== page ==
"A Walk Through the Desert Turns into an Odd Life-Changing Experience"
What You Need To Know:
MOJAVE is an odd movie that leaves many questions unanswered. The story has an uneasy, confusing feel throughout the whole movie, and it leaves viewers feeling unsettled at the end. Humanism runs deep throughout the storyline, despite the references to Jesus. Actions are taken by each character that lead to several scenes with alcohol, drug and sexual content. The movie also contains lots of foul language. Media-wise viewers probably will find MOJAVE an unacceptable piece of filmmaking.
(HH, PaPa, C, B, LLL, VVV, S, NN, AA, D, M) Strong humanist worldview with belief in only materialistic things, not in a supernatural world or God and strong pagan elements with an “anything goes” mentality where sensual pleasures and material goods are the main goal for several characters, plus very light Christian, biblical, moral content with references to misused Bible story of Jesus in the desert being tempted by the Devil, phrases of “selling your soul to the Devil,” a character refers to himself as the Devil, and a small reference to justice needing to be served, but the murderer still gets away at the end; 77 obscenities (mostly “f” words) and one JC profanity, plus implied urination in bathroom; very strong violence including a car crash, two men fight and wrestle with one eventually getting hit on the head with a weapon, police officer shot and killed, man murders another man in his house, one man beats another man with a stick several times, and one man shot with a gun and burned in his RV; slight sexual implications include woman in bed with implied fornication and adultery, plus a reference to oral sex; upper and rear male nudity as well as unclothed woman in bed and both a male and a female shown in their underwear; alcohol use throughout the whole movie with a couple appearances of wine glasses and alcoholic bottles and light drunkenness from several characters; main character smokes cigarettes several times plus one reference to a drug dealer selling illegal drugs; and, light levels of miscellaneous immorality and behavior such as lying, stealing, revenge, greed, and bad role models.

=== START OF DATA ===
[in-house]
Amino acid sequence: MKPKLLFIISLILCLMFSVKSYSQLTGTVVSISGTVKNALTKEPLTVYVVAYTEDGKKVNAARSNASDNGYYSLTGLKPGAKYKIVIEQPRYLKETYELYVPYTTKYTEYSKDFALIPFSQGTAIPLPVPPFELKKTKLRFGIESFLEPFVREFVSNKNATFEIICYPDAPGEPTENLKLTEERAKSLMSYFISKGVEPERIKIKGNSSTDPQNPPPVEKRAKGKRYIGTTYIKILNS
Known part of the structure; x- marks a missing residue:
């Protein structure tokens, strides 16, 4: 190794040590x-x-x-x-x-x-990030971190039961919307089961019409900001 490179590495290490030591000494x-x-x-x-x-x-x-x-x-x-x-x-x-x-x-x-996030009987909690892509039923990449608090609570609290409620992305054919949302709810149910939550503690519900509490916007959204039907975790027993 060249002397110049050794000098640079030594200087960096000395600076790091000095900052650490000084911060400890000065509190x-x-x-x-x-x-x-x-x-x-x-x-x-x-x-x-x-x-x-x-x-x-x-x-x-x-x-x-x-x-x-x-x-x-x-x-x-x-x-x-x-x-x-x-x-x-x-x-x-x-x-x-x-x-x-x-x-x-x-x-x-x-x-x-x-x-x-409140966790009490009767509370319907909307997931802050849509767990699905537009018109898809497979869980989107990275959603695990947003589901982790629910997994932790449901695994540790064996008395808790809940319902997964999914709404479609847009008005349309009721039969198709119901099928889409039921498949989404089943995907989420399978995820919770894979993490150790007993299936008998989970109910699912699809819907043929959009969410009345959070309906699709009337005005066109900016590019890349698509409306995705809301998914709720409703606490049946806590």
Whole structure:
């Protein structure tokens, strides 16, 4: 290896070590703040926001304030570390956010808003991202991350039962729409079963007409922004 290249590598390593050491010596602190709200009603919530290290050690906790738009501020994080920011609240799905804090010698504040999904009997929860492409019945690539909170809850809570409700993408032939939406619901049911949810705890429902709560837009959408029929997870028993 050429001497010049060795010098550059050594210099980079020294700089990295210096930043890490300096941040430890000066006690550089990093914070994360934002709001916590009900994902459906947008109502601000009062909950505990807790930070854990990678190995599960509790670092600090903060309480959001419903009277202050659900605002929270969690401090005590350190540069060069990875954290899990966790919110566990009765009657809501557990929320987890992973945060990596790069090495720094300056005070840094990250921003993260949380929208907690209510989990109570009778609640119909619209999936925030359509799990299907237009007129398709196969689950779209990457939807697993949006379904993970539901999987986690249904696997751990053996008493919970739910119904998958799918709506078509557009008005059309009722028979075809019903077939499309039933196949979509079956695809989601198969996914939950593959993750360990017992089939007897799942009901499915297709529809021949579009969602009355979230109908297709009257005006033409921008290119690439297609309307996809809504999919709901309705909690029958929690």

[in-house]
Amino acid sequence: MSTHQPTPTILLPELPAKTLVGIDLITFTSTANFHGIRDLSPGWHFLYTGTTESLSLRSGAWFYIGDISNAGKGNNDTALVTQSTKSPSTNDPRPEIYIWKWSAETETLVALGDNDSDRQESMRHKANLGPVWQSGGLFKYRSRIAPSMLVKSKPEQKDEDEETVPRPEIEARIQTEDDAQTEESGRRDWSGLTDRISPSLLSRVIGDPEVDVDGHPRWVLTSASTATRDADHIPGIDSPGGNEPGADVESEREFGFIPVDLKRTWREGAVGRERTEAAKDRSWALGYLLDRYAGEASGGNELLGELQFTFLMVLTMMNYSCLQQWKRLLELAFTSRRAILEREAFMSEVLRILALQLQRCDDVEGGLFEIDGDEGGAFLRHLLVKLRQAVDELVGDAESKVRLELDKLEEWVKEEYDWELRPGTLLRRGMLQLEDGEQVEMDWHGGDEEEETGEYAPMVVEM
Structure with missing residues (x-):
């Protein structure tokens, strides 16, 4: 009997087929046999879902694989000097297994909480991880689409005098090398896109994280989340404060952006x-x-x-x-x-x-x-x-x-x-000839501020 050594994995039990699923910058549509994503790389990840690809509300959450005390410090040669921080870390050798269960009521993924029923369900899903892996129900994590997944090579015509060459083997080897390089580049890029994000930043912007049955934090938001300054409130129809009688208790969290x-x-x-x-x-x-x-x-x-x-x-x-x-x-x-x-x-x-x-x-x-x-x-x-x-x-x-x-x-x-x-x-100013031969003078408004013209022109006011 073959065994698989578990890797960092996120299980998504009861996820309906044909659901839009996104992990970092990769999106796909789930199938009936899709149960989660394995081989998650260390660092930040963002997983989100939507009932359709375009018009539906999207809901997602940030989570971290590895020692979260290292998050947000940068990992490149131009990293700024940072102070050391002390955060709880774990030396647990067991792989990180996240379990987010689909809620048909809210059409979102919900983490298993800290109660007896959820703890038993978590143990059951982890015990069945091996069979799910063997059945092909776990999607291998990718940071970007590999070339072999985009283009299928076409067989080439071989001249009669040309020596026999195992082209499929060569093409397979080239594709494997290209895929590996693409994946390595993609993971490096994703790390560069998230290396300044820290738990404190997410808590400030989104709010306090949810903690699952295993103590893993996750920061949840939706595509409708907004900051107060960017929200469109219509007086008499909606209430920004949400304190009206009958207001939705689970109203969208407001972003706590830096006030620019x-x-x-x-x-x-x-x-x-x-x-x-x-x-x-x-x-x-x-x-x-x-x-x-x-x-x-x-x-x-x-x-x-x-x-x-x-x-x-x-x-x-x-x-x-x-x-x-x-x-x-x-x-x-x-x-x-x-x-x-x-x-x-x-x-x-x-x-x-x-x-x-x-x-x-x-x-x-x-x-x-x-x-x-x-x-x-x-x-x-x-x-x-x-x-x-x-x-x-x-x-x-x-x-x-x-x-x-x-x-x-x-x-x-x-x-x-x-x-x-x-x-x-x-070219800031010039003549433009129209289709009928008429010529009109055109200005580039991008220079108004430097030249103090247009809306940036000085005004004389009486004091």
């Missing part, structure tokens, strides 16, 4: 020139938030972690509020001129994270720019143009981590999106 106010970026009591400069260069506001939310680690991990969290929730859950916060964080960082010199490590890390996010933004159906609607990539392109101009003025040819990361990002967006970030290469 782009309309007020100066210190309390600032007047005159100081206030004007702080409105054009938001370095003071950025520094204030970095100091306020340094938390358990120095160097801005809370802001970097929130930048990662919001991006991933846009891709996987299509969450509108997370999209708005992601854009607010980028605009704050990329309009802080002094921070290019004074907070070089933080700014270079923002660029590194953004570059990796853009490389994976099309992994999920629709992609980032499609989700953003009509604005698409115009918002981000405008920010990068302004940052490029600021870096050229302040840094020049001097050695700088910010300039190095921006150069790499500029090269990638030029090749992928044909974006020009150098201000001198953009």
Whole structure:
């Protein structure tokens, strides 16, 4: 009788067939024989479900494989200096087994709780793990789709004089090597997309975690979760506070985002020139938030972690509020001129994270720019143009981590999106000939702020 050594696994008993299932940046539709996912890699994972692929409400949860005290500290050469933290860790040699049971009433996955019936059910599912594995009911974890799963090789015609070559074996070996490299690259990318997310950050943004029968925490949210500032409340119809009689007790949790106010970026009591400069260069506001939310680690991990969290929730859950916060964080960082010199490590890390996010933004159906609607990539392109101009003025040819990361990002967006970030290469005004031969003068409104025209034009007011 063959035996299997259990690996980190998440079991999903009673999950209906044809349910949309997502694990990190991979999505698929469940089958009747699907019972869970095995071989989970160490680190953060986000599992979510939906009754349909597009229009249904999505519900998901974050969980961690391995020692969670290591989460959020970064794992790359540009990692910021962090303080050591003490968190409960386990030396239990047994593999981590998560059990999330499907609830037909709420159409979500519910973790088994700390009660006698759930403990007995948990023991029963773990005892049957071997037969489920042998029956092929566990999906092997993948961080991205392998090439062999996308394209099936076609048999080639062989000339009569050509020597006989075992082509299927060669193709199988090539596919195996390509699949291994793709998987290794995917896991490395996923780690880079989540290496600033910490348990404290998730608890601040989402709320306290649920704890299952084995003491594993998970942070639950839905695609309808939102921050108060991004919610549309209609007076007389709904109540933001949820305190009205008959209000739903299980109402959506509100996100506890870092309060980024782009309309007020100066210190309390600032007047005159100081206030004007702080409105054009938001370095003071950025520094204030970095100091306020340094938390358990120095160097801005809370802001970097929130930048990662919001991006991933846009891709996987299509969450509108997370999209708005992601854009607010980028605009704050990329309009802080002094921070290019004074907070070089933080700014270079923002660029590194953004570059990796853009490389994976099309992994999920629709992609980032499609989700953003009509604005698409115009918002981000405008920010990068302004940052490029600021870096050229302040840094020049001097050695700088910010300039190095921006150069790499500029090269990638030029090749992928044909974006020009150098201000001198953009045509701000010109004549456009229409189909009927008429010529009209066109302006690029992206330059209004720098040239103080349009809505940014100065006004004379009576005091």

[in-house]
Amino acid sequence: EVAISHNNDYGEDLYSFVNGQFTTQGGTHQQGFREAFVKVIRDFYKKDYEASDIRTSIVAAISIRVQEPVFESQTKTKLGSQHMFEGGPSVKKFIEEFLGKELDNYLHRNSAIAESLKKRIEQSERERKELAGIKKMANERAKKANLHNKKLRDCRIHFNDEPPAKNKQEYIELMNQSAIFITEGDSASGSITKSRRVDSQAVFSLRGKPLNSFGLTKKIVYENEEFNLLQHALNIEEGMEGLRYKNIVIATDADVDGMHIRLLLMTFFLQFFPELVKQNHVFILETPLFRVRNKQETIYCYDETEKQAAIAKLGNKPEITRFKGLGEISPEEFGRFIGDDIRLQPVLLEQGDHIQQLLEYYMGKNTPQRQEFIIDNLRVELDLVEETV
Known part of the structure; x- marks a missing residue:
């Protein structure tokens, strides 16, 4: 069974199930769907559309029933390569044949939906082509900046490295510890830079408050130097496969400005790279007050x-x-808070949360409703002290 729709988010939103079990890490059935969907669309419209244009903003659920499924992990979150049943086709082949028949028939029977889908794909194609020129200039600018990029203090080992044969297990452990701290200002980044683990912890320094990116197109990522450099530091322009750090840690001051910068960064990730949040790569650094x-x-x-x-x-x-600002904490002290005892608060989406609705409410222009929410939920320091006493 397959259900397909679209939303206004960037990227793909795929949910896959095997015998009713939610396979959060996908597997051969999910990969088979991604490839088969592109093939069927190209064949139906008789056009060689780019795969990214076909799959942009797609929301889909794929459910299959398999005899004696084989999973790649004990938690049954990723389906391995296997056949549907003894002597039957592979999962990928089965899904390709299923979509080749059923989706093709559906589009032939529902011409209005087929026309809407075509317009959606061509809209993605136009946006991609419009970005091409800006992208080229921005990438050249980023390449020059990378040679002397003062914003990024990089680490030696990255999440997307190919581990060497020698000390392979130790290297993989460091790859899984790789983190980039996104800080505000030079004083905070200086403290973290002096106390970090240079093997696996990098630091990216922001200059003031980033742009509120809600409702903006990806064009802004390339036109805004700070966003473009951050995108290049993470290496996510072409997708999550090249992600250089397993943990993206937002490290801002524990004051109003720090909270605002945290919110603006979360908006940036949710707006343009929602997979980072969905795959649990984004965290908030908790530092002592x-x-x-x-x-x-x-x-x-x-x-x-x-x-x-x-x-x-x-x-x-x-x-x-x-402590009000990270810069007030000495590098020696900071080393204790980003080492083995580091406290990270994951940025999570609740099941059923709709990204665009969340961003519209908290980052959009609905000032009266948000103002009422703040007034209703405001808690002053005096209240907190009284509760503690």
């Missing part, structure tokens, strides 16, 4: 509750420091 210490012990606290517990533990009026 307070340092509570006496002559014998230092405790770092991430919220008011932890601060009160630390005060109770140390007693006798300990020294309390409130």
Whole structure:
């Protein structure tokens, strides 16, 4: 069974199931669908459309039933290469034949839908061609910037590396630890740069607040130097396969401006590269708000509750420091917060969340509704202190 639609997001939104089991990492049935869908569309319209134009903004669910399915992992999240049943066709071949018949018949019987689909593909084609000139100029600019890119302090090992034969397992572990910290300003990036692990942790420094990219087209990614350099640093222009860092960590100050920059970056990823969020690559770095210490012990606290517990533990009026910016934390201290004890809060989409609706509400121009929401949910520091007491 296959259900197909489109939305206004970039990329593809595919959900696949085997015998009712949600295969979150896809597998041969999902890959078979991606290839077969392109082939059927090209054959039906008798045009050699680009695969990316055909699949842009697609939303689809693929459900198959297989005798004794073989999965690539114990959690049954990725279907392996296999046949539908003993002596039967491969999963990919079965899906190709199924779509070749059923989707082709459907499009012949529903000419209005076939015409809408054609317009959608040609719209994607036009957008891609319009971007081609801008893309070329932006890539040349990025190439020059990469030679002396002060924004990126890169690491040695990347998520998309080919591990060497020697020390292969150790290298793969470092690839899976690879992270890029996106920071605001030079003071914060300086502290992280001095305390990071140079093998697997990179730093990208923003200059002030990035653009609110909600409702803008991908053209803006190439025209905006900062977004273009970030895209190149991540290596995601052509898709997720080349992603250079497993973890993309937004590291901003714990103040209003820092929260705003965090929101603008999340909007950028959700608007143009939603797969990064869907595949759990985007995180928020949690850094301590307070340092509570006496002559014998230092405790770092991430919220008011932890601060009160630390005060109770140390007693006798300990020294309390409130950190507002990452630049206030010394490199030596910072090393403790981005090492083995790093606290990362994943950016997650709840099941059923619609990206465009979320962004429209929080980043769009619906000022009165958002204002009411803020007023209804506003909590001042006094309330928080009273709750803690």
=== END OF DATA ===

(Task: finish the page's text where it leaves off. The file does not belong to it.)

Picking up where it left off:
MOJAVE is follows the story of Thomas, a wealthy and famous actor/artist/filmmaker, as he journeys into the desert in an attempt to escape his near-suicidal thoughts about life. As he’s clearing his head one night, he happens to encounter a homicidal drifter. This leads to terrible consequences when the stranger follows an unsuspecting Thomas back home.
The movie opens with Thomas, a twentysomething filmmaker and actor played by Garrett Hedlund, complaining about the fame he’s had since he was 18, and how easy he’s been able to achieve every goal he’s ever had in life. However, Tomas is ashamed of this Hollywood life that has overtaken him, and how clichéd his everyday actions have become, including an affair with his mistress (Louise Bourgin) while his wife and daughter are abroad. This superficial lifestyle has taken a toll on his adult life, and thus begins his journey into the Mojave Desert in an attempt to escape his troubles and “find” himself again.